Growing up in a religious household, in a religious community, among religious people, you learn certain things. One of the first things I learned was this: “For I am the Lord your God; sanctify yourselves therefore, and be holy, for I am holy” (Leviticus 11:44).
I don’t know if I heard that in a message from Leviticus or it was told in another form — the “be holy for I am holy” part is quoted in 1 Peter 1:16 — but the message was clear: you are to be holy. What does holy mean? Be obedient and do not sin. God doesn’t sin, Jesus doesn’t sin — so to be like them, don’t sin. If you do sin, you’re failing and you need to do better.
When I got to college, I eventually figured out, thankfully, that everyone sins and that’s just part of being human. So it’s OK that we’re sinners! We have nothing to be ashamed of because everyone sins, and the grace of God steps in to help us.
Wrong, apparently. Confession of sin was saved for one-on-one conversations, filled with religious platitudes like: “Thanks for sharing,” “I admire your honesty and transparency” and “We’ll pray for you.”
So simultaneously, it was holy and righteous to be a good person — to be obedient and righteous — and to confess how much you suck — to be honest about your failures and how much you needed Jesus. In fact, the more you needed Jesus and the more you confessed it, the more holy you appeared.
So which one is it? Or is it both? I’m not quite sure.
Doing an “About” Face
I listened to a message recently from Crosspointe Church in Cary about the first few verses of Matthew 6. Here’s the Scripture the preacher covered, in the words of Jesus:
“Beware of practicing your piety before others in order to be seen by them; for then you have no reward from your Father in heaven. So whenever you give alms, do not sound a trumpet before you, as the hypocrites do in the synagogues and in the streets, so that they may be praised by others. Truly I tell you, they have received their reward. But when you give alms, do not let your left hand know what your right hand is doing, so that your alms may be done in secret; and your Father who sees in secret will reward you. And whenever you pray, do not be like the hypocrites; for they love to stand and pray in the synagogues and at the street corners, so that they may be seen by others. Truly I tell you, they have received their reward. But whenever you pray, go into your room and shut the door and pray to your Father who is in secret; and your Father who sees in secret will reward you. When you are praying, do not heap up empty phrases as the Gentiles do; for they think that they will be heard because of their many words. Do not be like them, for your Father knows what you need before you ask him.”Jesus Christ, in Matthew 6:1-8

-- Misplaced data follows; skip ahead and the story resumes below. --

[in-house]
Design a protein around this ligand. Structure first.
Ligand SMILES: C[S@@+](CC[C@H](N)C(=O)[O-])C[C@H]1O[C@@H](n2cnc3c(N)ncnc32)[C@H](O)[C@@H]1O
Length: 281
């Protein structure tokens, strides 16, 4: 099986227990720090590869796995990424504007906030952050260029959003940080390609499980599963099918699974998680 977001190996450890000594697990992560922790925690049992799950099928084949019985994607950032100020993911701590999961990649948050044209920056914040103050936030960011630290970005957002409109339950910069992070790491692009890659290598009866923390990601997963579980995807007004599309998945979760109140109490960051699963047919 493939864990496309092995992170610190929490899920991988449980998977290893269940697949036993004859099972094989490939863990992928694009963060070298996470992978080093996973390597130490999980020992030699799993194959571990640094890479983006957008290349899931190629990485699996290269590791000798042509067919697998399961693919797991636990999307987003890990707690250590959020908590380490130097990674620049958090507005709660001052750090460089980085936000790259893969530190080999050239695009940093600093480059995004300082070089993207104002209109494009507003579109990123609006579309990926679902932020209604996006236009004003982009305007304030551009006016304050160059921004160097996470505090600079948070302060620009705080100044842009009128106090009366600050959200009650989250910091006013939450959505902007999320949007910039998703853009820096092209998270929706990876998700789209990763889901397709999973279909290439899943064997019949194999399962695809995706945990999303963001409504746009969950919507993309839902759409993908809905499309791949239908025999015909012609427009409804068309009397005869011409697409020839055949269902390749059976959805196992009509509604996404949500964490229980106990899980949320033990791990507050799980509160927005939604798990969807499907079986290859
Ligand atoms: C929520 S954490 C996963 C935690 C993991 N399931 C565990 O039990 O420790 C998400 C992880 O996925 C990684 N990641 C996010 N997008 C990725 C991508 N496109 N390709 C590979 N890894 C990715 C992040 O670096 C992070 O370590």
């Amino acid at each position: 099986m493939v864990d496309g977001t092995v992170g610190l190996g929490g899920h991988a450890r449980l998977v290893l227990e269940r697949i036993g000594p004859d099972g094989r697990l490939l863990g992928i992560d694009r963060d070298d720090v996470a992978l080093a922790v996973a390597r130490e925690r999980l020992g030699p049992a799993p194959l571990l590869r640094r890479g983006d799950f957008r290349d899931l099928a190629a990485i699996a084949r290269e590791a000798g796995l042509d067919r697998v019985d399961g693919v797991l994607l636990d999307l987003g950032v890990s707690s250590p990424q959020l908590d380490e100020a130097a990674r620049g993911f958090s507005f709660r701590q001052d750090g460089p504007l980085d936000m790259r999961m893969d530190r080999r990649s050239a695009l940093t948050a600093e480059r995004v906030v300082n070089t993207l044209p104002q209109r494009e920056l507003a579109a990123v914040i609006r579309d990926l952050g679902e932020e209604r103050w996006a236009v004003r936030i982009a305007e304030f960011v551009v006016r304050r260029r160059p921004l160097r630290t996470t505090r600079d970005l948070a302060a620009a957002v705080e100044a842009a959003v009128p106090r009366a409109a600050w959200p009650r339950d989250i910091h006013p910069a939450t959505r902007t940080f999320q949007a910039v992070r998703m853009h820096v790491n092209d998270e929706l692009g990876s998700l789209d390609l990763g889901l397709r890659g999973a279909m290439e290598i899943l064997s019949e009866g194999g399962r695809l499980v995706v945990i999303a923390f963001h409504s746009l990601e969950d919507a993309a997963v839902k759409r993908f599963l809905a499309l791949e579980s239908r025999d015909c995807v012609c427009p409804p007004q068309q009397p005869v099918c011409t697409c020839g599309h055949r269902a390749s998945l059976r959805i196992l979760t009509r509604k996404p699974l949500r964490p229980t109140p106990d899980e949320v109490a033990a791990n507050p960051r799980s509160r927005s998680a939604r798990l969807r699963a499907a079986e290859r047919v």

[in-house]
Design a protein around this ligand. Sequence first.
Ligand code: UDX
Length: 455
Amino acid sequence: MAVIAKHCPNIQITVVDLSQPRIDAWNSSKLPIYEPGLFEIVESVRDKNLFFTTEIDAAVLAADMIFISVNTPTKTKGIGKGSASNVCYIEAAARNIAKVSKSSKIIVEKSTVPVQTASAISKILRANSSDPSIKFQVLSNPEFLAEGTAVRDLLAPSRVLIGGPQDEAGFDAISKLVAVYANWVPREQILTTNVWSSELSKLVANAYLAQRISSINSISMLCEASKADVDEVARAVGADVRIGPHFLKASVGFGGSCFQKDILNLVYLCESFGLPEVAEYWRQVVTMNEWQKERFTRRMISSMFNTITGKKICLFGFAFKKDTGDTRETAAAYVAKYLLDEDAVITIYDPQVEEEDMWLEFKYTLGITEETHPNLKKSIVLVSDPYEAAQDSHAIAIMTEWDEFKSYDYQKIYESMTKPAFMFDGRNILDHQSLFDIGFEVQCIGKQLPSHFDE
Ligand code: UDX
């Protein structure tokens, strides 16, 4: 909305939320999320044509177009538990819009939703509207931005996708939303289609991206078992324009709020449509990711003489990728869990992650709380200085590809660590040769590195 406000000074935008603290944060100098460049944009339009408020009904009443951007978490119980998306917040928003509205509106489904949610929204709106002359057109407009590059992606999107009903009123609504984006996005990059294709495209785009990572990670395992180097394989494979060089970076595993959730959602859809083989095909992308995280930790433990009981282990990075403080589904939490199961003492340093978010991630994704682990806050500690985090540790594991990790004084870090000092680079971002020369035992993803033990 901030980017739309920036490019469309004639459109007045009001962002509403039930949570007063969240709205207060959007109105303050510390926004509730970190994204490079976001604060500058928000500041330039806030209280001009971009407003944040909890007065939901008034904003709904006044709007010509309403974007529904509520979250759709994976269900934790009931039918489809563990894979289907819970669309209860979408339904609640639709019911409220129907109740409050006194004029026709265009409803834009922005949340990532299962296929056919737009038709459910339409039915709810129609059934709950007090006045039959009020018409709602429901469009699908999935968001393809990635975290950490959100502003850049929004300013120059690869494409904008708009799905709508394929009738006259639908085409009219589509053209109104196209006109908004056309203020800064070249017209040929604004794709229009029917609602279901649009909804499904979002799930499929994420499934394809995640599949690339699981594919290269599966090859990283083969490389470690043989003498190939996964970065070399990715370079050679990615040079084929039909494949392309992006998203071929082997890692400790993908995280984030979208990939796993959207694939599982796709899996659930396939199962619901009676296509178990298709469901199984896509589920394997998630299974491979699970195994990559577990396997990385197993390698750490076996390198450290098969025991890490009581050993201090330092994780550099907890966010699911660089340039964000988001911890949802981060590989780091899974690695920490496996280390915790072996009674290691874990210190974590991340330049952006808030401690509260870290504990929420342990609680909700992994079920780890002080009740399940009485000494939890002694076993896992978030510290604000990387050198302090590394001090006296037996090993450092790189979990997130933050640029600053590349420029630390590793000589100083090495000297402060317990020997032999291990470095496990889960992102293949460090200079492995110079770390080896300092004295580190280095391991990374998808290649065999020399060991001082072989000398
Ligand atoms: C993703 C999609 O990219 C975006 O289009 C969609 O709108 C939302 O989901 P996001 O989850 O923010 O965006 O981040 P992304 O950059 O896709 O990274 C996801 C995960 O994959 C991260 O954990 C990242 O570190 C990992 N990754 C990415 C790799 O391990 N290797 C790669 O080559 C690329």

The base of the message was this: Why do you do what you do, and who do you do it for?
So often, he said, we try to seek people’s approval by being certain things. We’ll stoop to any level to find satisfaction in what people think of us.
Not that it’s a bad thing to be loved and accepted by others — in fact, he said, it’s “normal” and “healthy.” We as humans — and Christians, specifically — have an amazing opportunity to make a difference in this world by loving others, particularly those who are looked down upon by society.
But we end up draining ourselves and others, our relationships, when we seek to be approved by others as the reason why we do certain things. That thought process made me think about my life as a Christian, made me ponder my life and what it looked like and does look like. And as I hinted in the open, it has relied both on being an amazing Christian and being a sucky Christian.
The Best Frickin’ Christian You’ll Ever See
When I moved from my small private school in fourth grade to the slightly-larger private school in fifth grade, I transitioned worlds. Granted, it was also an age shift, but the Montessori School of Sanford and The O’Neal School in Southern Pines were worlds apart, despite being 30-40 minutes away from each other.
At Montessori, “niceness” was the goal. It was the whole ballgame. We would be fussed at for picking on people. At O’Neal, at least among the students, it was a different scenario. I heard cuss words used by people my age for the first time.
So I became the “good guy.” People would come to me for questions on homework. They’d cuss in front of me, turn to me and say, “Sorry, Zach.” I tried to play it off as “I’m cool, do your thing” — most of the time at least — but inside I was deeply judgmental. That continued into college.
Side note: I had a wake-up moment early in my sophomore year when I was told by a friend of mine that someone else in our friend group felt judged by me for what they did or said. It was very enlightening.